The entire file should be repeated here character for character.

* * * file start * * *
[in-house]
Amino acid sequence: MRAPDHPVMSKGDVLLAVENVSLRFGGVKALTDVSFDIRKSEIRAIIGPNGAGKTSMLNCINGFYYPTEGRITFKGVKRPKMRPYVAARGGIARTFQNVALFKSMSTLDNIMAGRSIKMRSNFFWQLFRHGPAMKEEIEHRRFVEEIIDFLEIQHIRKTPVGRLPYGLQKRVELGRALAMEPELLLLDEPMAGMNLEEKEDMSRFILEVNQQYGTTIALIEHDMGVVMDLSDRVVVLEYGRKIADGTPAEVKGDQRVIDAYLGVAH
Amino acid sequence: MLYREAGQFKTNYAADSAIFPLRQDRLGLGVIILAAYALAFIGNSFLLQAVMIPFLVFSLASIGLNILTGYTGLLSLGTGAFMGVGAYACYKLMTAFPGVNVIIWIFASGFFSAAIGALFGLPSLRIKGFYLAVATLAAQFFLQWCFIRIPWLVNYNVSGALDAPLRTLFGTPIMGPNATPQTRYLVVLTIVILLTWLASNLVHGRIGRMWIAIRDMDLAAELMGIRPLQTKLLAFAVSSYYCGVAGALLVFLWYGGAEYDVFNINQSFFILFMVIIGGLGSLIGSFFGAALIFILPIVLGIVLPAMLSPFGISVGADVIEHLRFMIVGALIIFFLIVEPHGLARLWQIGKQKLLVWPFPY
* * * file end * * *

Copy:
[in-house]
Amino acid sequence: MRAPDHPVMSKGDVLLAVENVSLRFGGVKALTDVSFDIRKSEIRAIIGPNGAGKTSMLNCINGFYYPTEGRITFKGVKRPKMRPYVAARGGIARTFQNVALFKSMSTLDNIMAGRSIKMRSNFFWQLFRHGPAMKEEIEHRRFVEEIIDFLEIQHIRKTPVGRLPYGLQKRVELGRALAMEPELLLLDEPMAGMNLEEKEDMSRFILEVNQQYGTTIALIEHDMGVVMDLSDRVVVLEYGRKIADGTPAEVKGDQRVIDAYLGVAH
Amino acid sequence: MLYREAGQFKTNYAADSAIFPLRQDRLGLGVIILAAYALAFIGNSFLLQAVMIPFLVFSLASIGLNILTGYTGLLSLGTGAFMGVGAYACYKLMTAFPGVNVIIWIFASGFFSAAIGALFGLPSLRIKGFYLAVATLAAQFFLQWCFIRIPWLVNYNVSGALDAPLRTLFGTPIMGPNATPQTRYLVVLTIVILLTWLASNLVHGRIGRMWIAIRDMDLAAELMGIRPLQTKLLAFAVSSYYCGVAGALLVFLWYGGAEYDVFNINQSFFILFMVIIGGLGSLIGSFFGAALIFILPIVLGIVLPAMLSPFGISVGADVIEHLRFMIVGALIIFFLIVEPHGLARLWQIGKQKLLVWPFPY